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Spreading awareness of school psychology

School psychology graduate students passed out candy and shared information about their future career field during School Psychology Awareness Week.

School psychology graduate students passed out candy and shared information about their future career field during School Psychology Awareness Week.

If you were on Georgia Southern University’s campus this week, you may have noticed students wearing stickers that said “Ask me about school psychology!,” or perhaps you saw the hashtag “#SmallStepsChangeLives” trending on social media. November 14-18 was School Psychology Awareness Week 2016 (SPAW), and College of Education graduate students in the Ed.S. School Psychology program created several activities to educate others about the field of school psychology.

School Psychology Awareness Week is an initiative promoted by the National Association of School Psychologists to educate the community about the various roles and functions of school psychologists,” explained Associate Professor and School Psychology Program Director, Dawn Tysinger, Ph.D., NCSP. “Our graduate students engaged in recruiting this week across the campus and on social media to promote the profession among our undergraduate population who could potentially become the next generation of school psychologists.”

On Monday and Tuesday, student leaders from the school psychology program and the School Psychology Student Association (SPSA) set up an information table in the University’s Carroll Building. Targeting undergraduate students pursuing liberal arts and social science degrees, program volunteers passed out candy, shared information about their degree program, and encouraged students to learn more about a career in school psychology.

Program representatives also attended the University’s Undergraduate Psychology Bash where they were able to share information about the specialty area of the school psychology and career opportunities with current psychology undergraduates.

All week long, candidates of the Ed.S. School Psychology program also wore stickers encouraging passersby to “Ask me about school psychology!,” and candidates took to social media to share their thoughts about the 2016 SPAW theme “Small Steps Change Lives!” with the SPAW poster activity.

Jessica Miller, a graduate assistant for the school psychology program and volunteer coordinator for SPSA, said undergraduate students were very interactive in the activities that took place throughout the week.

“Students we spoke with on campus seemed very receptive to learning about school psychology,” Miller said. “We especially saw a lot of interest from undergraduate psychology majors who wanted to learn more about the field and our Ed.S. graduate program here at the University. Many of these students were not previously aware that school psychology was a possible career path they could pursue.”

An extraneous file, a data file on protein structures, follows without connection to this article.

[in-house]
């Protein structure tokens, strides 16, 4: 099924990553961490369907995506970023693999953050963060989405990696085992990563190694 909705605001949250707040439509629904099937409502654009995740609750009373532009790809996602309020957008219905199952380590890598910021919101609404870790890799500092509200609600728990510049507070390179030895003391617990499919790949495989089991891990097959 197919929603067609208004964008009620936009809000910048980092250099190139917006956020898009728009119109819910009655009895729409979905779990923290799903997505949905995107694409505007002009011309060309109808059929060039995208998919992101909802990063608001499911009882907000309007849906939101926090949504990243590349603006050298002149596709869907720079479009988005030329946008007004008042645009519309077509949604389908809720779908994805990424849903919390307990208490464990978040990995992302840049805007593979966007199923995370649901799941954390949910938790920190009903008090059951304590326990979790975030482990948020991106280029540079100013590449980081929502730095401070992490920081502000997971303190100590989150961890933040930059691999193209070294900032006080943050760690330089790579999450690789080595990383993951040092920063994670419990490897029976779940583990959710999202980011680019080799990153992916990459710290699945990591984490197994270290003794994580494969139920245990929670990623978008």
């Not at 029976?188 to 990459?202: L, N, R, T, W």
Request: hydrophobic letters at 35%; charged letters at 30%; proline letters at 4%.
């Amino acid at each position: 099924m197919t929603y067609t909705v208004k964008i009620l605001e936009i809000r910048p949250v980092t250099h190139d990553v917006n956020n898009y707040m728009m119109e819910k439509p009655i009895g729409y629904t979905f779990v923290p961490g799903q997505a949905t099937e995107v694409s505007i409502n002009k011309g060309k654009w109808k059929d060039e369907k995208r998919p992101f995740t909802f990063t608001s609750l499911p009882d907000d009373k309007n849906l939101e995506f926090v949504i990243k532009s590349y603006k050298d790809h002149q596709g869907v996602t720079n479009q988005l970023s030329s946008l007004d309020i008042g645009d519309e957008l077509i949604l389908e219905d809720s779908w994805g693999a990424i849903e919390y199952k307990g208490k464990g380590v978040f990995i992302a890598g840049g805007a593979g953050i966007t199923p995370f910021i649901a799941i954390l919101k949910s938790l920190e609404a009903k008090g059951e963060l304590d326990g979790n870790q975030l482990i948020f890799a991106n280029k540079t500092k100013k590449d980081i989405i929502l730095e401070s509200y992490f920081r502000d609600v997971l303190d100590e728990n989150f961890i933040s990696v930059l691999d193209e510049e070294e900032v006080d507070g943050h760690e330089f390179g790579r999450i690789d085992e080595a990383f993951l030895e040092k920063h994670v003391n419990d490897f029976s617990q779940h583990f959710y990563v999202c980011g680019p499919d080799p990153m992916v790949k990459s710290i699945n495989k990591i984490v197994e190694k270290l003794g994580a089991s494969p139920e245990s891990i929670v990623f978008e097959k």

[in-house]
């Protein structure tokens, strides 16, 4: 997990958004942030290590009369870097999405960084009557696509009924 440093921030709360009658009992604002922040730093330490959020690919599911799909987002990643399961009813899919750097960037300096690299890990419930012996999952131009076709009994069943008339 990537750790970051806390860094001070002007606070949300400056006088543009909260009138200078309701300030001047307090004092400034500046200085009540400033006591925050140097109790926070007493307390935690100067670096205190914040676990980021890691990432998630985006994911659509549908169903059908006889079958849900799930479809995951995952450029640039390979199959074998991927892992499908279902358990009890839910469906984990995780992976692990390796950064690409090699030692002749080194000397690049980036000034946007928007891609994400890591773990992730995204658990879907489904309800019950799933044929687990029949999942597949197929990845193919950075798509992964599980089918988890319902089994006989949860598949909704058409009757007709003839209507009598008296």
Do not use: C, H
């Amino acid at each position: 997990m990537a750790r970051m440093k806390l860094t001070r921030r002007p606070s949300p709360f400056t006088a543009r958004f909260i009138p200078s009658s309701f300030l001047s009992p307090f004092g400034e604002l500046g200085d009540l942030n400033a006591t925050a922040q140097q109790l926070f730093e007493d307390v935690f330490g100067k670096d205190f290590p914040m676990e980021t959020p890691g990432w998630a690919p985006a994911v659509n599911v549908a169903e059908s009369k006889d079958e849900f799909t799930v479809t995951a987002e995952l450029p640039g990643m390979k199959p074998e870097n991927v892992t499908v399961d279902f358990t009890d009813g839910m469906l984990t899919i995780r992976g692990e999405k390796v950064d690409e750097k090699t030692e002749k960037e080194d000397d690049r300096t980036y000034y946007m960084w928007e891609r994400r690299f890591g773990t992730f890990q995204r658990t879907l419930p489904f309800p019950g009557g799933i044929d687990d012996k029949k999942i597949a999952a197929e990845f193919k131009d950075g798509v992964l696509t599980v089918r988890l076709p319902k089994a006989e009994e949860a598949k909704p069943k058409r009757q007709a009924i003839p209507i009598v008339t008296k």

Additional activities included a SPSA sponsored student panel where current interns and practicum students in the school psychology program engaged in a dialogue about their field experiences with other individuals in the graduate program.


Associate Professor Dawn Tysinger, Ph.D., NCSP (pictured front row, second from left), and her Ed.S. School Psychology graduate class participate in the SPAW poster activity.

Miller explained that educating the students at Georgia Southern about the school psychology discipline is important because of the impact that professionals in this field can make for students.

While it is a wonderful field, school psychology is still not a well-known profession,” Miller said. “We often get confused with school counselors, as many individuals are not aware of the distinction between these two careers.”

School counselors often serve the entire school population with focus on the academic careers of students. School psychologists, however, focus on proper adaptation and response to school environment. They are tasked with assisting students who are facing mental health, learning, and behavioral barriers to their education.  Their common roles in schools include consultation, academic intervention, behavioral intervention, assessment, individual counseling, group counseling, and crisis intervention.

Miller also explained that there is a national shortage of qualified professionals in this field.

“Due to this critical need, it is paramount to inform undergraduate students about our profession and encourage them to pursue a career path in school psychology,” she said.

To learn more about Georgia Southern University’s Ed.S. in School Psychology, please visit For more information about the career field of school psychology, visit the National Association of School Psychologists website at


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